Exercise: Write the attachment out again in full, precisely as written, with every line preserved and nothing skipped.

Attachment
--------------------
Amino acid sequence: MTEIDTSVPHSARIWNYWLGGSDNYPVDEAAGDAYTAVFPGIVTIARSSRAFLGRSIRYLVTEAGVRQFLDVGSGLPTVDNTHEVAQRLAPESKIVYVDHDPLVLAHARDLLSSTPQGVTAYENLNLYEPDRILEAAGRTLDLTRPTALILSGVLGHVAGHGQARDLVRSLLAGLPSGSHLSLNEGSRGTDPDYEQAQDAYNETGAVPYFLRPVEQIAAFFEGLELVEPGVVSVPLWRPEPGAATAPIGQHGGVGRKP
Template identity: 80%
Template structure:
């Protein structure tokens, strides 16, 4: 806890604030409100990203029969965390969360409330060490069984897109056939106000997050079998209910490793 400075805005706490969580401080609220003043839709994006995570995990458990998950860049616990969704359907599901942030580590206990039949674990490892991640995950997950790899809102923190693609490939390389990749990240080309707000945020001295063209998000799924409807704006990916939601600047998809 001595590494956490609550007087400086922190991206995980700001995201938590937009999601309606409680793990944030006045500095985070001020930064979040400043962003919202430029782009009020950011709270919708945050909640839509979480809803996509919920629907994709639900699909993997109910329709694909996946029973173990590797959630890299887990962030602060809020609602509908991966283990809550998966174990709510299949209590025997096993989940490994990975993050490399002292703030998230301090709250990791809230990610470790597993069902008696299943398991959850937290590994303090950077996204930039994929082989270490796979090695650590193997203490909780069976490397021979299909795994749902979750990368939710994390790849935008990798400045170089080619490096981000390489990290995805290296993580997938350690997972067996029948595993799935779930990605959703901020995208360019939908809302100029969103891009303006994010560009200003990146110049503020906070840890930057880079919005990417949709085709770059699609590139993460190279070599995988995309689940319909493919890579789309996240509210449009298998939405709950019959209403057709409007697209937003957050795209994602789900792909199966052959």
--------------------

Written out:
Amino acid sequence: MTEIDTSVPHSARIWNYWLGGSDNYPVDEAAGDAYTAVFPGIVTIARSSRAFLGRSIRYLVTEAGVRQFLDVGSGLPTVDNTHEVAQRLAPESKIVYVDHDPLVLAHARDLLSSTPQGVTAYENLNLYEPDRILEAAGRTLDLTRPTALILSGVLGHVAGHGQARDLVRSLLAGLPSGSHLSLNEGSRGTDPDYEQAQDAYNETGAVPYFLRPVEQIAAFFEGLELVEPGVVSVPLWRPEPGAATAPIGQHGGVGRKP
Template identity: 80%
Template structure:
């Protein structure tokens, strides 16, 4: 806890604030409100990203029969965390969360409330060490069984897109056939106000997050079998209910490793 400075805005706490969580401080609220003043839709994006995570995990458990998950860049616990969704359907599901942030580590206990039949674990490892991640995950997950790899809102923190693609490939390389990749990240080309707000945020001295063209998000799924409807704006990916939601600047998809 001595590494956490609550007087400086922190991206995980700001995201938590937009999601309606409680793990944030006045500095985070001020930064979040400043962003919202430029782009009020950011709270919708945050909640839509979480809803996509919920629907994709639900699909993997109910329709694909996946029973173990590797959630890299887990962030602060809020609602509908991966283990809550998966174990709510299949209590025997096993989940490994990975993050490399002292703030998230301090709250990791809230990610470790597993069902008696299943398991959850937290590994303090950077996204930039994929082989270490796979090695650590193997203490909780069976490397021979299909795994749902979750990368939710994390790849935008990798400045170089080619490096981000390489990290995805290296993580997938350690997972067996029948595993799935779930990605959703901020995208360019939908809302100029969103891009303006994010560009200003990146110049503020906070840890930057880079919005990417949709085709770059699609590139993460190279070599995988995309689940319909493919890579789309996240509210449009298998939405709950019959209403057709409007697209937003957050795209994602789900792909199966052959």